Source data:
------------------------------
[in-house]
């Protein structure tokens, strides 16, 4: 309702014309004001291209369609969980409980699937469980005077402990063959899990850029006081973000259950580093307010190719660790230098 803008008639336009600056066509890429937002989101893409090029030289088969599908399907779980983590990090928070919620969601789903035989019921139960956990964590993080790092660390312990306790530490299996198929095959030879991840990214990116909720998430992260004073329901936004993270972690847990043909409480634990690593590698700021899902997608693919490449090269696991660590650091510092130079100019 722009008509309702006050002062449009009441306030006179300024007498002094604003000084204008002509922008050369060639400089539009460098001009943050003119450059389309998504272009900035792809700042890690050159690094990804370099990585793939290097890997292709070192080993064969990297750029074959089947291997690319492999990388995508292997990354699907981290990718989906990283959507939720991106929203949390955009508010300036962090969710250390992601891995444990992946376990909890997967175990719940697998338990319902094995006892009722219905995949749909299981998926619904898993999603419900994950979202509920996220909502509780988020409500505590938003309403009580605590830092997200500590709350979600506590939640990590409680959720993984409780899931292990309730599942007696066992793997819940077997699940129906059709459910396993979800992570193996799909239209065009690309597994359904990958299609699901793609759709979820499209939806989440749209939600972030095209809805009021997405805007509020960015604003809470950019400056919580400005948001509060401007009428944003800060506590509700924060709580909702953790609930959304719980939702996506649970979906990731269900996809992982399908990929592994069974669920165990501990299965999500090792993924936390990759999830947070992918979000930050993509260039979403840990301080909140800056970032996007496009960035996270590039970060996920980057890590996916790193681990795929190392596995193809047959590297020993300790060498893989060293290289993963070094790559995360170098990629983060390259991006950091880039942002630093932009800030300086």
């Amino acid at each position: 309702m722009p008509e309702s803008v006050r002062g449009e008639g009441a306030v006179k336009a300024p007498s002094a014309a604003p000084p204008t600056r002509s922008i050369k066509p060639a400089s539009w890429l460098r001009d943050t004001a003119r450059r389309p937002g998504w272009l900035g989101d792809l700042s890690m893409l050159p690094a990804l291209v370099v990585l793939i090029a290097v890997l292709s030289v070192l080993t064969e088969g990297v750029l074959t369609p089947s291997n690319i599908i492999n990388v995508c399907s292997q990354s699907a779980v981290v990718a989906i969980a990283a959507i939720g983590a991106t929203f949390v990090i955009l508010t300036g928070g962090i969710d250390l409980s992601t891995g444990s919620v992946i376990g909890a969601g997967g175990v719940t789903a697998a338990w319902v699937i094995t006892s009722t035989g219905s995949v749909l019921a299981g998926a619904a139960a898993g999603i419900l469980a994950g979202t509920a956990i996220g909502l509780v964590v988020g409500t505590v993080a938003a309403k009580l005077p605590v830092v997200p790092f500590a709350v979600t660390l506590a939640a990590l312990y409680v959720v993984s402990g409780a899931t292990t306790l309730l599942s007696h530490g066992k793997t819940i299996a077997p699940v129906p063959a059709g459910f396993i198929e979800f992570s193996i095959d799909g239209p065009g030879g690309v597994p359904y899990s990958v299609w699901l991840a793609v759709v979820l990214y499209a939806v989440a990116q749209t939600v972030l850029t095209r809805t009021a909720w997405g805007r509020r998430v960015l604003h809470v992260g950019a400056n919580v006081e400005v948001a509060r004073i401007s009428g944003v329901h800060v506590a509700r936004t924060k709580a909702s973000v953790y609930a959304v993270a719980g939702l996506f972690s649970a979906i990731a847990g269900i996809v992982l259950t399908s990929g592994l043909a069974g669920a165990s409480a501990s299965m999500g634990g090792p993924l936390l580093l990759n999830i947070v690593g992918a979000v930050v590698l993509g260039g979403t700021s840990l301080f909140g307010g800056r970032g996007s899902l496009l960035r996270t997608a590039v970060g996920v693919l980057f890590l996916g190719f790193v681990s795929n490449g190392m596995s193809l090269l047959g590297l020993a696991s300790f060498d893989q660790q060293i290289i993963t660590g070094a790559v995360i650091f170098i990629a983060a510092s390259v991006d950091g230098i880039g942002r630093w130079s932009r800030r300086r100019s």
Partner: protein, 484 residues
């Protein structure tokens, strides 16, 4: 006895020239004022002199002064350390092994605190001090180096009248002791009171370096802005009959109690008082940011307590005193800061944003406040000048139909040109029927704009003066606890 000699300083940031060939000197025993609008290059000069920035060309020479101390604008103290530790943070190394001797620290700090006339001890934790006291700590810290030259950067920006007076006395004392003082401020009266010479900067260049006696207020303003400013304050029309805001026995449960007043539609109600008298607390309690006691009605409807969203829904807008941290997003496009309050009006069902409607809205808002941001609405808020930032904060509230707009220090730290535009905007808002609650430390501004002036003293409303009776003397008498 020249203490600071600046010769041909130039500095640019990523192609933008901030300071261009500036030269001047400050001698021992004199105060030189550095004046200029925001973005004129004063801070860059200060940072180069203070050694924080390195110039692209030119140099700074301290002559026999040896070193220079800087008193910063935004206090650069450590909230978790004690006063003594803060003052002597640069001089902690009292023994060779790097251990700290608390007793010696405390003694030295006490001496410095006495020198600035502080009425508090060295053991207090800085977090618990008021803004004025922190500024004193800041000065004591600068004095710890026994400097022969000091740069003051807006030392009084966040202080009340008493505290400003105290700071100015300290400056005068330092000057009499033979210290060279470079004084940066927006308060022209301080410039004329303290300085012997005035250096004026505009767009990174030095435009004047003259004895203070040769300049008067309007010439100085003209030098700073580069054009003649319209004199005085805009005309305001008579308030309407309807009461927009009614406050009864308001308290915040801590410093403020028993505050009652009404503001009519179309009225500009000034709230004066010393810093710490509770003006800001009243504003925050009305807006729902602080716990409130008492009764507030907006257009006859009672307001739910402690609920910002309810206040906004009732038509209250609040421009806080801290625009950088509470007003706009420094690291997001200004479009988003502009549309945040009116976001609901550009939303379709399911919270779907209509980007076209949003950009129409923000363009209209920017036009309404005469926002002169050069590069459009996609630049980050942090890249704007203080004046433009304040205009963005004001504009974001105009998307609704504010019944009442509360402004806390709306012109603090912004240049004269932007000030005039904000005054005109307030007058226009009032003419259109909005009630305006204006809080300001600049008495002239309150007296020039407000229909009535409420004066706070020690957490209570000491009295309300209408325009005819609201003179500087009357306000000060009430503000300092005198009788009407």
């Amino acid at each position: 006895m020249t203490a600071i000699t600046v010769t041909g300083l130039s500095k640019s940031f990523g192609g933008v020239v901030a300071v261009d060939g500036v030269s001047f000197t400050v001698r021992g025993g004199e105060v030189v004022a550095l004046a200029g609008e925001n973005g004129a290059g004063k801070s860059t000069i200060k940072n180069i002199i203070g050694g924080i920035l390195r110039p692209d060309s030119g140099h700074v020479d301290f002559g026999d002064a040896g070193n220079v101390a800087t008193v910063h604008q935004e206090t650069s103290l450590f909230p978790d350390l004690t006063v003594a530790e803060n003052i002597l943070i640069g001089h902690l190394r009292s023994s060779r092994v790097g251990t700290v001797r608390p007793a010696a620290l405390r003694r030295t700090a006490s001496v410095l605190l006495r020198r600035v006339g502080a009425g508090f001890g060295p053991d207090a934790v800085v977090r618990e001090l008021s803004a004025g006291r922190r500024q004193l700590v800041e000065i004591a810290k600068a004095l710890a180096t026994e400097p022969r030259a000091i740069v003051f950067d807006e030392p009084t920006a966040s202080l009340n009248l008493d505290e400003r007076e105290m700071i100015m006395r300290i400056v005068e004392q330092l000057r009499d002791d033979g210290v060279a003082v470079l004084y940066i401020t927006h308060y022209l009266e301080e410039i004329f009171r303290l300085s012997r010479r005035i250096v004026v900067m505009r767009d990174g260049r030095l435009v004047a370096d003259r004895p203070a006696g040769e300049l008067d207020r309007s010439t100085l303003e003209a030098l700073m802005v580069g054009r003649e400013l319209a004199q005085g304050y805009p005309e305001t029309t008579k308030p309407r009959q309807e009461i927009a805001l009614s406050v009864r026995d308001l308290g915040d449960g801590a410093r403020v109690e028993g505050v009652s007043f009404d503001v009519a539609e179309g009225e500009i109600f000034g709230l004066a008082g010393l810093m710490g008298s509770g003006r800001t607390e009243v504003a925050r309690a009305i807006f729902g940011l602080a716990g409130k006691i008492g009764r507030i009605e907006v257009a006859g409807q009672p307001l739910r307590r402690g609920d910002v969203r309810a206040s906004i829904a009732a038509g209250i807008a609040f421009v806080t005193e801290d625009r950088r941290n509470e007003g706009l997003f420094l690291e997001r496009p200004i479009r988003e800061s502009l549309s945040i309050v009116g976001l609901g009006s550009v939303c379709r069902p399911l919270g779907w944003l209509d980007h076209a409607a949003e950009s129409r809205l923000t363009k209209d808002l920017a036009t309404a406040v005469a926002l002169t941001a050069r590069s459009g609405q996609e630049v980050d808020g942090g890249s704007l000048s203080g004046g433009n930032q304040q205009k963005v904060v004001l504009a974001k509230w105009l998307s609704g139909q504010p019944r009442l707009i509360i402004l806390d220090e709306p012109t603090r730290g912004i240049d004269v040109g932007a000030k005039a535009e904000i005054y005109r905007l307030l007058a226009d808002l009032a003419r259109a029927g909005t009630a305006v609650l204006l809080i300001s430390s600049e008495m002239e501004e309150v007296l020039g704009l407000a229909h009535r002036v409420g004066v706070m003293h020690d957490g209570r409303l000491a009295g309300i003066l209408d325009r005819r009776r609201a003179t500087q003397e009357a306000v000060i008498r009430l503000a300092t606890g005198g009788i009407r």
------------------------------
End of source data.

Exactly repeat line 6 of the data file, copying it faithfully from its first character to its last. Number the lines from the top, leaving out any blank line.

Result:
């Amino acid at each position: 006895m020249t203490a600071i000699t600046v010769t041909g300083l130039s500095k640019s940031f990523g192609g933008v020239v901030a300071v261009d060939g500036v030269s001047f000197t400050v001698r021992g025993g004199e105060v030189v004022a550095l004046a200029g609008e925001n973005g004129a290059g004063k801070s860059t000069i200060k940072n180069i002199i203070g050694g924080i920035l390195r110039p692209d060309s030119g140099h700074v020479d301290f002559g026999d002064a040896g070193n220079v101390a800087t008193v910063h604008q935004e206090t650069s103290l450590f909230p978790d350390l004690t006063v003594a530790e803060n003052i002597l943070i640069g001089h902690l190394r009292s023994s060779r092994v790097g251990t700290v001797r608390p007793a010696a620290l405390r003694r030295t700090a006490s001496v410095l605190l006495r020198r600035v006339g502080a009425g508090f001890g060295p053991d207090a934790v800085v977090r618990e001090l008021s803004a004025g006291r922190r500024q004193l700590v800041e000065i004591a810290k600068a004095l710890a180096t026994e400097p022969r030259a000091i740069v003051f950067d807006e030392p009084t920006a966040s202080l009340n009248l008493d505290e400003r007076e105290m700071i100015m006395r300290i400056v005068e004392q330092l000057r009499d002791d033979g210290v060279a003082v470079l004084y940066i401020t927006h308060y022209l009266e301080e410039i004329f009171r303290l300085s012997r010479r005035i250096v004026v900067m505009r767009d990174g260049r030095l435009v004047a370096d003259r004895p203070a006696g040769e300049l008067d207020r309007s010439t100085l303003e003209a030098l700073m802005v580069g054009r003649e400013l319209a004199q005085g304050y805009p005309e305001t029309t008579k308030p309407r009959q309807e009461i927009a805001l009614s406050v009864r026995d308001l308290g915040d449960g801590a410093r403020v109690e028993g505050v009652s007043f009404d503001v009519a539609e179309g009225e500009i109600f000034g709230l004066a008082g010393l810093m710490g008298s509770g003006r800001t607390e009243v504003a925050r309690a009305i807006f729902g940011l602080a716990g409130k006691i008492g009764r507030i009605e907006v257009a006859g409807q009672p307001l739910r307590r402690g609920d910002v969203r309810a206040s906004i829904a009732a038509g209250i807008a609040f421009v806080t005193e801290d625009r950088r941290n509470e007003g706009l997003f420094l690291e997001r496009p200004i479009r988003e800061s502009l549309s945040i309050v009116g976001l609901g009006s550009v939303c379709r069902p399911l919270g779907w944003l209509d980007h076209a409607a949003e950009s129409r809205l923000t363009k209209d808002l920017a036009t309404a406040v005469a926002l002169t941001a050069r590069s459009g609405q996609e630049v980050d808020g942090g890249s704007l000048s203080g004046g433009n930032q304040q205009k963005v904060v004001l504009a974001k509230w105009l998307s609704g139909q504010p019944r009442l707009i509360i402004l806390d220090e709306p012109t603090r730290g912004i240049d004269v040109g932007a000030k005039a535009e904000i005054y005109r905007l307030l007058a226009d808002l009032a003419r259109a029927g909005t009630a305006v609650l204006l809080i300001s430390s600049e008495m002239e501004e309150v007296l020039g704009l407000a229909h009535r002036v409420g004066v706070m003293h020690d957490g209570r409303l000491a009295g309300i003066l209408d325009r005819r009776r609201a003179t500087q003397e009357a306000v000060i008498r009430l503000a300092t606890g005198g009788i009407r």